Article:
Almost 60% of people have had a relationship with someone they work with, be it a fling or something more serious, according to a recent survey.
The figure in the survey, carried out by policy management company NETconsent, is higher than previously thought. Two years ago the TUC estimated one in four had been involved in a dalliance at work.
But it’s hardly surprising, given that we spend nearly a third of our lives at work, that office romances are on the increase.
Late nights engrossed in a company project, evenings out at industry events and weekends away at overseas conferences mean we spend more time with our colleagues than we do our families. Over time, Mary in product and Paul in sales start to see each other in a whole new light and romance blossoms.
It’s easy to fall in love at work. It’s a ‘safe’ environment, you both already have something in common and, unlike meeting in a bar or over the Internet, you have the chance to get to know each other gradually.
But while loved-up couples may enjoy the thrill, it can be a nightmare for employers and colleagues.
Harassment cases in the US have led employers to fear the repercussions that unwanted attention from one member of staff to another can bring, while relationships between a boss and a member of staff may lead to accusations of favouritism.
Many US companies now have clauses in their contracts insisting bosses are made aware of any romantic liaisons at work. Some have even banned office relationships, although many admit such a ban is impossible to police.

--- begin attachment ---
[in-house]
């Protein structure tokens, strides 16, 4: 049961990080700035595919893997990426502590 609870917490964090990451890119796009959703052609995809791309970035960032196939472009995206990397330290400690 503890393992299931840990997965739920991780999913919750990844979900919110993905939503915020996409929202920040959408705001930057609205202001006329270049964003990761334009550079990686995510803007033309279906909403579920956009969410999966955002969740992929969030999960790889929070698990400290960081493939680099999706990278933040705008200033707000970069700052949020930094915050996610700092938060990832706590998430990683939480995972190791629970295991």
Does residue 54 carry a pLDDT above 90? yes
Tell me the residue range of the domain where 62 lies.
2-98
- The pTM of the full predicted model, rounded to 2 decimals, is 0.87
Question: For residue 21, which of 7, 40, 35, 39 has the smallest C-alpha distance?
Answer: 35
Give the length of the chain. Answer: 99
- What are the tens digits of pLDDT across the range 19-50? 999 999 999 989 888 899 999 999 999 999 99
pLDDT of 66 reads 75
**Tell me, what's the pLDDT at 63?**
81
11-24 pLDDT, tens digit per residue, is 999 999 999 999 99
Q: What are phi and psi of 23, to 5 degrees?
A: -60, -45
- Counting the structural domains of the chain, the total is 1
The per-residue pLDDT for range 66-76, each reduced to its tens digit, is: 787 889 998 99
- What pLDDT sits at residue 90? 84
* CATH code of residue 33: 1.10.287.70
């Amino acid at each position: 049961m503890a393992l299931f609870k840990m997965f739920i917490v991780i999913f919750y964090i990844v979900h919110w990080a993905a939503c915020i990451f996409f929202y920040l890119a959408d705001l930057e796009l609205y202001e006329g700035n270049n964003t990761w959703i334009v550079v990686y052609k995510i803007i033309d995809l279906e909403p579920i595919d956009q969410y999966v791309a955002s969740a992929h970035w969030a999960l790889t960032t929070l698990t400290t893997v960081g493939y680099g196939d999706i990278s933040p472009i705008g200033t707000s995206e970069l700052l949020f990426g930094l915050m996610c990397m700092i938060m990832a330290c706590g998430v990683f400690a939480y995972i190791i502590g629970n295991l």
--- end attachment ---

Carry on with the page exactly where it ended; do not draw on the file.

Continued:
Gillian Downer, manager at HR expert Croner, said UK companies should follow the US.
She said: “Companies should consider whether they need to have a policy on office relationships, to maintain professional relationships between staff and managers, or to reduce the risk of fraud, stock losses and other types of theft.”
NETconsent operations director Dominic Saunders said: “Organisations have to accept staff are going to have relationships, but cannot afford to ignore them if they are detrimental to the company.”
However, most travel companies don’t feel the need for formal policies.Youtravel.com sales and marketing director Paul Riches said: “We have no official policy. As long as it doesn’t affect either party’s ability to do their job, we’re fine with it.”
A Thomas Cook spokeswoman said: “Staff are trusted to use their judgement.”
C&M Recruitment managing director Angus Chisholm said: “You’re asking for trouble if you try to restrict human interaction.”
This is a community-moderated forum.
All post are the individual views of the respective commenter and are not the expressed views of Travel Weekly.
By posting your comments you agree to accept our Terms & Conditions.